It is alleged that he would then approach a car mechanic and ask him to find a suitable customer for selling off the car. Once a customer was spotted and a deal was fixed, he would demand half of the payment and the car would be handed over to the buyer with the promise that the remaining money could be taken when the accused got a clearance certificate from the financier.

But the accused would always vanish at the time when he had to provide the clearance certificate. Thus the accused would dupe each of his gullible victims of anything between Rs 1.5 lakh to Rs 2 lakh.

Interestingly, none of his victims is willing to get a FIR registered with the police. They fear that after losing the money, they would also lose the cars that are presently in their possession. ‘‘The financiers would automatically claim the vehicles back as they are the rightful owners and we will be left in the lurch. Although we cannot even drive the vehicles and keep them in hiding, still we have the car in our possession,’’ says a disgruntled victim.

In fact, the case came to light when one of the victims filed a DDR against the accused in December, 1999, alleging that he had not submitted the clearance certificate from the Sector 9 branch of a private bank for a Maruti Zen that was bought from the accused. This car had been financed by the bank in the name of the wife of the accused.

Subsequently the police summoned the accused in January. By this time three other complaints had also approached the police. In fact, one of them had been paid back his money in form of a cheque, which later bounced.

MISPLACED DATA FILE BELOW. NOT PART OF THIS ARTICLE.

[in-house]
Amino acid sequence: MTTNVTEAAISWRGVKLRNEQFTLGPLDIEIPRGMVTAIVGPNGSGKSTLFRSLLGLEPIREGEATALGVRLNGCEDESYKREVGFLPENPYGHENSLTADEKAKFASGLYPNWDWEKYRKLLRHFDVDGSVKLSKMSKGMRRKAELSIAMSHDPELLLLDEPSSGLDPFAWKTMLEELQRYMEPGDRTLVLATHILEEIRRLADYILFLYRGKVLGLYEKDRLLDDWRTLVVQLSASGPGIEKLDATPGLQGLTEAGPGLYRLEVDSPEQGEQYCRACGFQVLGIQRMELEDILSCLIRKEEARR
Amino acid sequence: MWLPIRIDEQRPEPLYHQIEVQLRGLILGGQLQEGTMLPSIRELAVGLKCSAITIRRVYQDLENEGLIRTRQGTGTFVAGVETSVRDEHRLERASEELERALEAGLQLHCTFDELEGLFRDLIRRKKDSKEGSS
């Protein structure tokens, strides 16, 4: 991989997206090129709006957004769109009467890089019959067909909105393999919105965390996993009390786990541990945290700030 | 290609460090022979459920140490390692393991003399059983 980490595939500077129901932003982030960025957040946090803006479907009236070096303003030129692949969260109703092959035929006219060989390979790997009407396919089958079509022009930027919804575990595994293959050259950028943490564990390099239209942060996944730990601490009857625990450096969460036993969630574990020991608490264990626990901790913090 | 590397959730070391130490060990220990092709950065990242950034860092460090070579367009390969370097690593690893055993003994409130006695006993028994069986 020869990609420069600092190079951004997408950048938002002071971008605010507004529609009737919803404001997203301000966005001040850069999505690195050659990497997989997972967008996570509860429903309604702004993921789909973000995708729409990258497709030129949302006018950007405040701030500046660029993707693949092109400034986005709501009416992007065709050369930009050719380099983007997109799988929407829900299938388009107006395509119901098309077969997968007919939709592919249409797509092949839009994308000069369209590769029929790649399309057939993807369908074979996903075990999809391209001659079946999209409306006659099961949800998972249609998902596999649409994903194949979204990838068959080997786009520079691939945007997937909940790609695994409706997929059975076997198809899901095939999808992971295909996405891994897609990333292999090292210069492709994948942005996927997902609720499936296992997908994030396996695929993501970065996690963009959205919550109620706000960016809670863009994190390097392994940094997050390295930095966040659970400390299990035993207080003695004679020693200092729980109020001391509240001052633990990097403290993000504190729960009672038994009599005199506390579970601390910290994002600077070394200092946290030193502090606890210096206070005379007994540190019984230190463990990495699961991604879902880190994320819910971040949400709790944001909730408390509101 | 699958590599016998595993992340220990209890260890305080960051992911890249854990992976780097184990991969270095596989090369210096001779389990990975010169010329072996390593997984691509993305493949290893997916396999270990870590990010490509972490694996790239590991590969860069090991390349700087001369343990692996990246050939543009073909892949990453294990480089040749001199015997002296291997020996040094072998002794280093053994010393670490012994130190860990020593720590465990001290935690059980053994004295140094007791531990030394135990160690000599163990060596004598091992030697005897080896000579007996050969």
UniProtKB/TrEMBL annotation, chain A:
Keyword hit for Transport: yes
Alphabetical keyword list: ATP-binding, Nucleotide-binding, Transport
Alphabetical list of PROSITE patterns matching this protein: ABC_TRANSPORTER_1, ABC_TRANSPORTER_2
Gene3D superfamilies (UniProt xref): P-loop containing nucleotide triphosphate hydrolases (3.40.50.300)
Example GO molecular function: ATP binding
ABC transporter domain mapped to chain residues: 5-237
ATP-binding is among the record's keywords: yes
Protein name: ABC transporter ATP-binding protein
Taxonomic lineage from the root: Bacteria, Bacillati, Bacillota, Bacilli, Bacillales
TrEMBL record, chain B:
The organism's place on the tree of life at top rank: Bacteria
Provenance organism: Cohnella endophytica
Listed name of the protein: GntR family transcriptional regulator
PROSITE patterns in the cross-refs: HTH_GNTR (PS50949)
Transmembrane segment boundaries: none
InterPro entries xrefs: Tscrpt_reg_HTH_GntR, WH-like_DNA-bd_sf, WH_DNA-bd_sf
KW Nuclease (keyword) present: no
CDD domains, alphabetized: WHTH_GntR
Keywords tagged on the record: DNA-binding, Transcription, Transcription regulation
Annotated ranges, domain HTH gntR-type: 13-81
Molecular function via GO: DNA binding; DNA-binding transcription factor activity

The accused then promised to issue a cheque to the complainant who had been sold a hypothecated Zen, but the latter refused. Interestingly, the complainant again fell in the trap laid by the accused, who mortgaged a Santro car to him. This car too, was hypothecated with another bank in Sector 9.

After, promising to return the money, the accused again did his vanishing act. In fact, he had also sold off the same car to another person, who is now laying claim to the car.

One of the victims filed a complaint with the Crime Branch. When contacted officials in the Crime Branch confirmed that they had received the complaint and said that they would register a FIR after the investigations were completed. ‘‘None of the victims is willing to get an FIR registered on his own, for fear of losing the car too. Our investigation is taking time, but we will soon be registering a case of fraud and cheating against the accused,’’ said an official.


Criminal wanted in 22 cases held
Our Correspondent

SAS Nagar, May 12
In a major achievement, the local police arrested a hardened criminal last night, who was wanted in 22 cases registered against him.

The SSP Ropar, Mr G.P.S. Bhullar, told a press conference here today that Sadhu Singh of Raipur Kalan was stopped at a police naka set up by Inspector Gurvinder Pal Singh and others near Manauli village around midnight. The suspect was ordered to stop by Mr Bahadur Singh, SI, but on seeing the police he tried to ran away. When the police personnel gave chase, he fired at them but was soon captured.

The SSP said a .315-bore pistol and three live cartridges were seized from Sadhu Singh.